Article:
Reputation 140: Tweeting Credibility

What if Google was your resume? What about Twitter? This latter question was a topic last week on two blogs I read. First, Mitch Joel acknowledges the public nature of Twitter and suggests that users take a hard look at their last few tweets. His “Twitter test” prompts users to ask themselves, “If I were looking to change my position at work, will these tweet[s] leave a good impression to my potential employer?” Similarly, on The Student Branding Blog, Jonathan Petrino reports on an internship competition where applicants are ranked according to their tweet-savvy. He asks, “what do your tweets look like? What content are you linking to? Because the next time you apply for a job, you might not be given the opportunity to submit a resume at all.”

On a related note: a study from university communications researchers has concluded that professors who post tweets about their personal lives earn higher credibility rankings in student teaching assessments of their professional capabilities. Those profs who went beyond teaching duties and shared personal insights and information about their lives outside the classroom appeared more caring and engaged to students. As I suggested last week, this research shows that humanizing your tweetstream can earn points in the credibility department. But of course what Twitter and Facebook giveth, social media can taketh away, and far more rapidly, as we know from the constant stream of news stories about status updates that cost people their jobs.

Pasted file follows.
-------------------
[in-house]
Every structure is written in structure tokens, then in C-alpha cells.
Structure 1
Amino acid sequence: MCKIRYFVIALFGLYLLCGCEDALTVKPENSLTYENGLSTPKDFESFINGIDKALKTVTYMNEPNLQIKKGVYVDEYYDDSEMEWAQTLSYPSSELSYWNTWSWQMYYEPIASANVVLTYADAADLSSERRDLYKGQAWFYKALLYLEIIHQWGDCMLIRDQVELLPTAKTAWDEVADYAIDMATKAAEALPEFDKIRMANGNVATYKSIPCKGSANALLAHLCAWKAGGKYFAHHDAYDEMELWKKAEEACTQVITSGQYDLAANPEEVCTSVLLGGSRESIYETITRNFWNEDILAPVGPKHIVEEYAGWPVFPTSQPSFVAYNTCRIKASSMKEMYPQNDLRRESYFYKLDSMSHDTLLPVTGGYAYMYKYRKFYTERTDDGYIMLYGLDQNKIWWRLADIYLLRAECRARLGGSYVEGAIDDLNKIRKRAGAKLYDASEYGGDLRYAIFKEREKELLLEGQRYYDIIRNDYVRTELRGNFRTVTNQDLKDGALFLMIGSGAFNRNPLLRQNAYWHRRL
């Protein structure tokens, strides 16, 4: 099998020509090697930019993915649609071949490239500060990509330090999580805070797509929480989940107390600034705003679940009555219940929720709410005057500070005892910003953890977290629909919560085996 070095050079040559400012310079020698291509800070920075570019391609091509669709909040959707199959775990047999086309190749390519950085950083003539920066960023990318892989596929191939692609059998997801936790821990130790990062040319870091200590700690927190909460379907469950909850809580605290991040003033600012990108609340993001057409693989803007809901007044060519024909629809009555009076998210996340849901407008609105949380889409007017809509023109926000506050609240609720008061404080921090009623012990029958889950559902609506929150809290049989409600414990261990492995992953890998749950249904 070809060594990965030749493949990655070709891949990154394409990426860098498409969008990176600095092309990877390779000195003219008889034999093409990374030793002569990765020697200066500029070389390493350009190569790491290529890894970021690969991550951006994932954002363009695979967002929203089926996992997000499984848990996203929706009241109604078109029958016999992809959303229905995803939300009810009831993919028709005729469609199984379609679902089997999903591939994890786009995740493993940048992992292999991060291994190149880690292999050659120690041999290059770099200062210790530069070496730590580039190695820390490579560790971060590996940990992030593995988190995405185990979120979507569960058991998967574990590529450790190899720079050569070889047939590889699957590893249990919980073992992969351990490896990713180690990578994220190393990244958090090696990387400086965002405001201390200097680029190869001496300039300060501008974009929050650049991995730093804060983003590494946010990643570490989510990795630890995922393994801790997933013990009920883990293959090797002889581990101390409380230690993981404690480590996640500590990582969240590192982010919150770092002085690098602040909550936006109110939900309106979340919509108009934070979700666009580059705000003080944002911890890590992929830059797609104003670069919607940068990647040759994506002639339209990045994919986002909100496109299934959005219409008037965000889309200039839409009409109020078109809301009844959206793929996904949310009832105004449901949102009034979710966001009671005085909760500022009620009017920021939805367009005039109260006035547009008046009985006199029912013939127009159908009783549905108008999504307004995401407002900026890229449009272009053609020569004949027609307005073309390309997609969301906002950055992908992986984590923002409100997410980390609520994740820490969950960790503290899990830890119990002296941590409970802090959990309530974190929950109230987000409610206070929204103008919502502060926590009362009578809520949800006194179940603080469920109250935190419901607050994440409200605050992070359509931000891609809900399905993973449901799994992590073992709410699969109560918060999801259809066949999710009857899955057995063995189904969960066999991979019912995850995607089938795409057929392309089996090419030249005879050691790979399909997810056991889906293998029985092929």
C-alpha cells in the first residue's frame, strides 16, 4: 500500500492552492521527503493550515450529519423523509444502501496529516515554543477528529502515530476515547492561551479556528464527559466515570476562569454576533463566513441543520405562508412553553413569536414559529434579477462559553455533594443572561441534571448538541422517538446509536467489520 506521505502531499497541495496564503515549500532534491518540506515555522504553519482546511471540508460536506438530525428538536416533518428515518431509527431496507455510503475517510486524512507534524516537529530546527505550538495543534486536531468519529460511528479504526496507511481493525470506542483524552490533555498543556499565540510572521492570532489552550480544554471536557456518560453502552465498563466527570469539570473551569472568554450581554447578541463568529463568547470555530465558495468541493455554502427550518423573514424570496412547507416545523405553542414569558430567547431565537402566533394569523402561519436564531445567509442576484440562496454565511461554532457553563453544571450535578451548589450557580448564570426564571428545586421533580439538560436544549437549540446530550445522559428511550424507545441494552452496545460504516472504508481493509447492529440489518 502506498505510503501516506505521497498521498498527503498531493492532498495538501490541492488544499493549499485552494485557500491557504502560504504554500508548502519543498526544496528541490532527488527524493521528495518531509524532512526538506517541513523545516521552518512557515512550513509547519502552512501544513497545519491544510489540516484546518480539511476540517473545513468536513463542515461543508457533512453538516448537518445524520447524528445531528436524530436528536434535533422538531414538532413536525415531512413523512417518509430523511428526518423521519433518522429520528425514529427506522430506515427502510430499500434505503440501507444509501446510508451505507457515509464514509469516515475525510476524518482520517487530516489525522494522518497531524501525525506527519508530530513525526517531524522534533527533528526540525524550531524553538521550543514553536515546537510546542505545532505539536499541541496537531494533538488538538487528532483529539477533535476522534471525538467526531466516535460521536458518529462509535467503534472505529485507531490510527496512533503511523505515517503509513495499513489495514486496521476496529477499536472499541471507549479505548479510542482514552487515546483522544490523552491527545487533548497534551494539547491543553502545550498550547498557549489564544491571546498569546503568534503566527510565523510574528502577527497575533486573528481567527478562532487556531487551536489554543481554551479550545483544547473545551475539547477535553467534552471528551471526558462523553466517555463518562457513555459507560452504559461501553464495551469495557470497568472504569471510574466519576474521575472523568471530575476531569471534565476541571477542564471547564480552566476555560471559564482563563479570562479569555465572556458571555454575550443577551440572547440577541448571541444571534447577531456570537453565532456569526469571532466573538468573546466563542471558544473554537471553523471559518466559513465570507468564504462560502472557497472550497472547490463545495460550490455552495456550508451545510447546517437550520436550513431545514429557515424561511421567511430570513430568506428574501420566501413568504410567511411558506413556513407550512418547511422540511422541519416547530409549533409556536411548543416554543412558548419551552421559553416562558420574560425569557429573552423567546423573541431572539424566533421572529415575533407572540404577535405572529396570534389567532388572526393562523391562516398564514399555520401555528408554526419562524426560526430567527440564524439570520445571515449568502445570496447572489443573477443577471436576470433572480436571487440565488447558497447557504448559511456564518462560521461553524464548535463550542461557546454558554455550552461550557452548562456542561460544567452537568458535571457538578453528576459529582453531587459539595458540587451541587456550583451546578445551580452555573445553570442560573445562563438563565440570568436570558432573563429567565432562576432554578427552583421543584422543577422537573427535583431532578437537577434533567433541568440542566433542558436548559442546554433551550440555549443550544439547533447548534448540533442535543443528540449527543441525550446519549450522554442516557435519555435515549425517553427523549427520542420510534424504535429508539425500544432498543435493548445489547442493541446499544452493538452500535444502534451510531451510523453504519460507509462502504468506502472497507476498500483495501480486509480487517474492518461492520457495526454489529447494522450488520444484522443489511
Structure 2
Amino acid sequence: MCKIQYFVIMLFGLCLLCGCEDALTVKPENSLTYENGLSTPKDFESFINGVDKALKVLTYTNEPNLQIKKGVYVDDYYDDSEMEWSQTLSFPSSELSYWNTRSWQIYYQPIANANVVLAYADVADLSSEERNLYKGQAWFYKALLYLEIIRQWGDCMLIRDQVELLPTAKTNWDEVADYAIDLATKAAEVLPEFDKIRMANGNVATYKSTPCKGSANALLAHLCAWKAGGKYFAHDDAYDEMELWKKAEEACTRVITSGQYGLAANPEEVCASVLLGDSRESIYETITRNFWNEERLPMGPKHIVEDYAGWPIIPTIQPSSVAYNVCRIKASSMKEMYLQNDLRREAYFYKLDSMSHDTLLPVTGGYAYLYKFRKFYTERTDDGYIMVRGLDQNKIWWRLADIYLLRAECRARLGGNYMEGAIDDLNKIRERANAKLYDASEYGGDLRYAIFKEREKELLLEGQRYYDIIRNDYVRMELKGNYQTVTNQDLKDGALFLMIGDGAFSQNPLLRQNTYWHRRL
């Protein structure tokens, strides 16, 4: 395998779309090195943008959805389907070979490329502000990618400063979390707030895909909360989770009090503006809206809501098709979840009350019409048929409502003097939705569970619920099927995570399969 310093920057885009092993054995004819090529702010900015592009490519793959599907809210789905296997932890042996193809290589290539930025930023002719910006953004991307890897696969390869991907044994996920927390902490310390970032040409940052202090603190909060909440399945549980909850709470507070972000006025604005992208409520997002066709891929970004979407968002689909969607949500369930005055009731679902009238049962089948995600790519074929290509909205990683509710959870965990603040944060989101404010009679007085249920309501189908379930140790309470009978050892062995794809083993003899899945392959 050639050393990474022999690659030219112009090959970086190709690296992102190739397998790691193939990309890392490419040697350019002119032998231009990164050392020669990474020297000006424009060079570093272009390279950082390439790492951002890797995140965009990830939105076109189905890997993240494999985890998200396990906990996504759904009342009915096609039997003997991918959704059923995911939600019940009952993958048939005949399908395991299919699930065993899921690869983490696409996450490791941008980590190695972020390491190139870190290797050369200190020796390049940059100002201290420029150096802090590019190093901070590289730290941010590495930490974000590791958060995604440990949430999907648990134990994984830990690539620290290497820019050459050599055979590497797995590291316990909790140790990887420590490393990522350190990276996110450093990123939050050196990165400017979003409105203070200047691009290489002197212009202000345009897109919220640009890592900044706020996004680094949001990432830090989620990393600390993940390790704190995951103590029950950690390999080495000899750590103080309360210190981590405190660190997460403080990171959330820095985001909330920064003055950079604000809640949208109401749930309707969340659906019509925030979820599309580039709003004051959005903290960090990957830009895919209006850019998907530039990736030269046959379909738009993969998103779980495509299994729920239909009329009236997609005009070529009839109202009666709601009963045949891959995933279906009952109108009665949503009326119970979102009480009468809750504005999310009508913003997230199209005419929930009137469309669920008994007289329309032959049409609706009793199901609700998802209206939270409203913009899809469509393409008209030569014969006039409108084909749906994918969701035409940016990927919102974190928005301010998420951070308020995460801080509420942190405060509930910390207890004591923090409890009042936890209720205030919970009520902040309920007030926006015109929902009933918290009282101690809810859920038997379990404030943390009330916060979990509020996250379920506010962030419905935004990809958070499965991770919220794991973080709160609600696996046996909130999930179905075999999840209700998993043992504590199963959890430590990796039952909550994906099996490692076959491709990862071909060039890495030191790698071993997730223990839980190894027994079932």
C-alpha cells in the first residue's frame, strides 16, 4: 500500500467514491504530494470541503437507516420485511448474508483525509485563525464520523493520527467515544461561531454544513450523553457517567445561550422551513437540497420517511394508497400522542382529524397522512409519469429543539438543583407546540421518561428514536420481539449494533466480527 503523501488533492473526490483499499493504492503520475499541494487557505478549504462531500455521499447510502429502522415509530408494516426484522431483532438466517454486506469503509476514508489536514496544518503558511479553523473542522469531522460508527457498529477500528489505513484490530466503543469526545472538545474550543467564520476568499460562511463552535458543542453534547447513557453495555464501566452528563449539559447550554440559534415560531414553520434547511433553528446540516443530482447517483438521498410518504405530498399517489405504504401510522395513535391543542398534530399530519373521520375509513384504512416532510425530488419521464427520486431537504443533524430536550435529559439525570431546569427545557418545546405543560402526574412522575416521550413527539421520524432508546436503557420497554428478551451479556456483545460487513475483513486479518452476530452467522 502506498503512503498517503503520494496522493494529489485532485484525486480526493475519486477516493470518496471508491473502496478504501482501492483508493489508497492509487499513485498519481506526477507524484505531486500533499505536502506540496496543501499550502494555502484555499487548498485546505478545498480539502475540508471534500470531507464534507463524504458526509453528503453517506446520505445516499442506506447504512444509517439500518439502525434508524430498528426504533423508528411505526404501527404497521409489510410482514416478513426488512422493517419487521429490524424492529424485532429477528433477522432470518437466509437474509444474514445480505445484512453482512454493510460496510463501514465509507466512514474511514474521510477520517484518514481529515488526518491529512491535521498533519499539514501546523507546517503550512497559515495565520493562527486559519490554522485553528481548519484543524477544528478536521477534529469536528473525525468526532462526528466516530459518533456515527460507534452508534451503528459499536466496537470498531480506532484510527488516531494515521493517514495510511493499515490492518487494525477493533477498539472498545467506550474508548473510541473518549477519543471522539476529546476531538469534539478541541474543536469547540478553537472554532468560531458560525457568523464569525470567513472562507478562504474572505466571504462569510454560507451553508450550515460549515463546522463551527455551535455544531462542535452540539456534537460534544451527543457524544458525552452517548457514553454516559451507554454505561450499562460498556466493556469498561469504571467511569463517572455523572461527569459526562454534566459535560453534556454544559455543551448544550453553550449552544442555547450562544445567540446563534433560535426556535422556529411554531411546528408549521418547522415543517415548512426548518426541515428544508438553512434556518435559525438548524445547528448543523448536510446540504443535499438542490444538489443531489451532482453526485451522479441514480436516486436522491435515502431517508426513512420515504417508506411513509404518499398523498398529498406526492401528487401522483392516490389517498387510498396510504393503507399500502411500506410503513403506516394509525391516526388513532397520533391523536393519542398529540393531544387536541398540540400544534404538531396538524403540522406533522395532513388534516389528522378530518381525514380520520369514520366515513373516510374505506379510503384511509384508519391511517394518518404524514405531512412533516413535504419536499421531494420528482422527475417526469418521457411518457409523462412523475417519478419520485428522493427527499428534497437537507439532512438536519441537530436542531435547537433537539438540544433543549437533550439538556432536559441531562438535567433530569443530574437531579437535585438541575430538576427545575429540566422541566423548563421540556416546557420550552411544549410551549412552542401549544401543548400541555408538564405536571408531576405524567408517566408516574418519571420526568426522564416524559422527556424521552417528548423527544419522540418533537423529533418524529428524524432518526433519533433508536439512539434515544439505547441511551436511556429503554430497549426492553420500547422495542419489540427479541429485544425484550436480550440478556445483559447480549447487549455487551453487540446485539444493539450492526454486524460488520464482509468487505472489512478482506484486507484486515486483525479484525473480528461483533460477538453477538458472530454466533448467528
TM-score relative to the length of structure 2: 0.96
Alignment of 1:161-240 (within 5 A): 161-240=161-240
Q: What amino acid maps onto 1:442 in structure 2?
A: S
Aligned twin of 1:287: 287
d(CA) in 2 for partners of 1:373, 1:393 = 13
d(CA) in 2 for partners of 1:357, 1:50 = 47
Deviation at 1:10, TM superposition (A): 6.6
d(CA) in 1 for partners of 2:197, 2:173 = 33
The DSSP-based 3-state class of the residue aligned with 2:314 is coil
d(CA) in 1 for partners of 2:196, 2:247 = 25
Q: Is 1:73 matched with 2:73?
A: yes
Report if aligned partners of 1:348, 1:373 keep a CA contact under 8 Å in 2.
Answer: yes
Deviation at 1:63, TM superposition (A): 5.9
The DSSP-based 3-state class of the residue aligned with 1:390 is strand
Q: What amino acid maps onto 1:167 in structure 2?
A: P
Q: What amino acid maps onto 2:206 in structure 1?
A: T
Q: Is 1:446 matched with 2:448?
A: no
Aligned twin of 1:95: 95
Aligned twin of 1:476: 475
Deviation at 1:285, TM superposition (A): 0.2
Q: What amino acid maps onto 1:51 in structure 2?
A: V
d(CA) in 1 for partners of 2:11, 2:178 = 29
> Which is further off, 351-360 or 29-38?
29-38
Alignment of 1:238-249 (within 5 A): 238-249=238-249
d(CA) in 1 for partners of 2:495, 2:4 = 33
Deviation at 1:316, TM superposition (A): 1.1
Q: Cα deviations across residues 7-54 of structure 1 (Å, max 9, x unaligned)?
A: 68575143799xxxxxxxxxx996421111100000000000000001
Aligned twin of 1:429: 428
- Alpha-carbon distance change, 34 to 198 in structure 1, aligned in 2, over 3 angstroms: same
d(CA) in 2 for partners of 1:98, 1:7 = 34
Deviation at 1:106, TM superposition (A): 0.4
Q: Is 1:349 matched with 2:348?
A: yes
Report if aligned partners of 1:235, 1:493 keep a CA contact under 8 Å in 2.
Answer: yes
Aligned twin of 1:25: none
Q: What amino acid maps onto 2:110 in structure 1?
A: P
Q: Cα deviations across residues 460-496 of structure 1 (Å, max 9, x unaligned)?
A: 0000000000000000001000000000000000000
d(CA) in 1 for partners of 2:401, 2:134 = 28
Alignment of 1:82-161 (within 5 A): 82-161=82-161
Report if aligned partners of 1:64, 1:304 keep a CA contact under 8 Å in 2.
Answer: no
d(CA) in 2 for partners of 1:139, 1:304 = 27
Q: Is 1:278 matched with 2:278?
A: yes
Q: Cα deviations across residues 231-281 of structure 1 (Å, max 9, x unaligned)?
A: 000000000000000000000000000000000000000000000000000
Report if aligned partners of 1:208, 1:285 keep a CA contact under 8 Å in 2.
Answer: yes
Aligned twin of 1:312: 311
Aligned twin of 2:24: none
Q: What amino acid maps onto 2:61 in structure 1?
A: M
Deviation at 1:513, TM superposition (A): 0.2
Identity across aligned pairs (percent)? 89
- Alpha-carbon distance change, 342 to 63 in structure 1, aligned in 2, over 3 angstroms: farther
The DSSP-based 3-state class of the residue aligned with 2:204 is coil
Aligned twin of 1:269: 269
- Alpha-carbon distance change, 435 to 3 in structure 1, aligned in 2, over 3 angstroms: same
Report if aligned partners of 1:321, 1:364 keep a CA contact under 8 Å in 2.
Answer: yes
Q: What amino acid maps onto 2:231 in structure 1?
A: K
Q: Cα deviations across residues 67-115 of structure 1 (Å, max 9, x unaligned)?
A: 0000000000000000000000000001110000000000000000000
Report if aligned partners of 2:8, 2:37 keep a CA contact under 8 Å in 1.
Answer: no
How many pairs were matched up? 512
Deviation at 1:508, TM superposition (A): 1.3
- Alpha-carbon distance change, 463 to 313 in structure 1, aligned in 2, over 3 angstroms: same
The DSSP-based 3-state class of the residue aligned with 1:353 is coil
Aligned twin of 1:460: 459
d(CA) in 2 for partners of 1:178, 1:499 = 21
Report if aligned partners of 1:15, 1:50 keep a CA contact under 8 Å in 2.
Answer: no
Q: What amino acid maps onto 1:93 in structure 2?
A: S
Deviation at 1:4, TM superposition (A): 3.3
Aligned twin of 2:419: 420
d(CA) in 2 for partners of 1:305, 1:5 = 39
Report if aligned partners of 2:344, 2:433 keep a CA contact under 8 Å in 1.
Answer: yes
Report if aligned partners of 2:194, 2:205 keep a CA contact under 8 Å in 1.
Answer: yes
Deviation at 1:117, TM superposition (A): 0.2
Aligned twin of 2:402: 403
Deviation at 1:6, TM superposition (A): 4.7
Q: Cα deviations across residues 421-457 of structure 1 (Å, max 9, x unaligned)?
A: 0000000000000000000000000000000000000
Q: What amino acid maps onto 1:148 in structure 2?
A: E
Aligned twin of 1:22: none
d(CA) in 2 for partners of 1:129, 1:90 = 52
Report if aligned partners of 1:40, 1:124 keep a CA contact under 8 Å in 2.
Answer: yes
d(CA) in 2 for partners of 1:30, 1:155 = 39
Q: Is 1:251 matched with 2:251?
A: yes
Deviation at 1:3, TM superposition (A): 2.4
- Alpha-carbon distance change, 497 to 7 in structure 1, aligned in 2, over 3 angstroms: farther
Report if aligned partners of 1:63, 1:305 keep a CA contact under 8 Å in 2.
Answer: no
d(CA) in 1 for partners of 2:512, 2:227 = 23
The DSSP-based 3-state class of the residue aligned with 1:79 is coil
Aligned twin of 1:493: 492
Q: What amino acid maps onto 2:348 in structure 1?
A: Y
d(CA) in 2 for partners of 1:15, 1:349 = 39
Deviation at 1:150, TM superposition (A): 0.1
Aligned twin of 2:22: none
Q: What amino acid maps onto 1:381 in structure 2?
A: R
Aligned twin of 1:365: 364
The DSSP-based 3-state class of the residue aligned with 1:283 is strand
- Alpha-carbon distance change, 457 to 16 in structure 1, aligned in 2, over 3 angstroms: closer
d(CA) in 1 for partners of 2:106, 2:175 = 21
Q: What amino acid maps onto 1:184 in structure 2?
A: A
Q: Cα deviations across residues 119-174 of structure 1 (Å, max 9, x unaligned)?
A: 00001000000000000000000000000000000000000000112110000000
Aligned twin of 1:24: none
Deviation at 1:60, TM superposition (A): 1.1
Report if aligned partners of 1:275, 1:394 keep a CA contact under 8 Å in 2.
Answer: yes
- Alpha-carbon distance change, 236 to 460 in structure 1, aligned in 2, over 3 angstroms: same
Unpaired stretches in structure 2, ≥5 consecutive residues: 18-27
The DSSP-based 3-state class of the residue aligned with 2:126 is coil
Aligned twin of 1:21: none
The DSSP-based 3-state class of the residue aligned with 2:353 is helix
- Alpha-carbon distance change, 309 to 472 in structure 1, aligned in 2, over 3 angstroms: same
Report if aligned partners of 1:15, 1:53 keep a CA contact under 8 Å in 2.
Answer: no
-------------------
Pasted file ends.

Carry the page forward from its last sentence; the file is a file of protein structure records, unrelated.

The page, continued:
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About Sidneyeve Matrix

Professor, blogger, trendwatcher. I share research & news about digital culture & commerce on Google+, Pinterest, and Twitter.


  1. The challenge is to learn how to be professionally personal. The call to be more personal is valid, but it can never be an excuse for being stupid. Good companies should be looking for digital citizens, folks that understand how to express themselves online in ways that bring credit to themselves and the brands they represent.


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